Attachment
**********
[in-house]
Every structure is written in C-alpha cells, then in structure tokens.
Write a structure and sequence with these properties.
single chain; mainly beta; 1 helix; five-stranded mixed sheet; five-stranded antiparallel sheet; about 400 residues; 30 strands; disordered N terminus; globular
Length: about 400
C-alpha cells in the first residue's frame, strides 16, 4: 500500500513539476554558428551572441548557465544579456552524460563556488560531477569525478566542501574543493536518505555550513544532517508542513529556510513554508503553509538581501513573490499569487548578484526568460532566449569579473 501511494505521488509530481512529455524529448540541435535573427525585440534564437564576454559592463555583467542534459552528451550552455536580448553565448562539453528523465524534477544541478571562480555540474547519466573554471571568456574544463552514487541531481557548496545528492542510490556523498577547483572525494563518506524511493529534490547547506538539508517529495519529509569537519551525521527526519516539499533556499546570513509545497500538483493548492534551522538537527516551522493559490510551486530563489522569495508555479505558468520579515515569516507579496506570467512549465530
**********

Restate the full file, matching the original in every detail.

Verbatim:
[in-house]
Every structure is written in C-alpha cells, then in structure tokens.
Write a structure and sequence with these properties.
single chain; mainly beta; 1 helix; five-stranded mixed sheet; five-stranded antiparallel sheet; about 400 residues; 30 strands; disordered N terminus; globular
Length: about 400
C-alpha cells in the first residue's frame, strides 16, 4: 500500500513539476554558428551572441548557465544579456552524460563556488560531477569525478566542501574543493536518505555550513544532517508542513529556510513554508503553509538581501513573490499569487548578484526568460532566449569579473 501511494505521488509530481512529455524529448540541435535573427525585440534564437564576454559592463555583467542534459552528451550552455536580448553565448562539453528523465524534477544541478571562480555540474547519466573554471571568456574544463552514487541531481557548496545528492542510490556523498577547483572525494563518506524511493529534490547547506538539508517529495519529509569537519551525521527526519516539499533556499546570513509545497500538483493548492534551522538537527516551522493559490510551486530563489522569495508555479505558468520579515515569516507579496506570467512549465530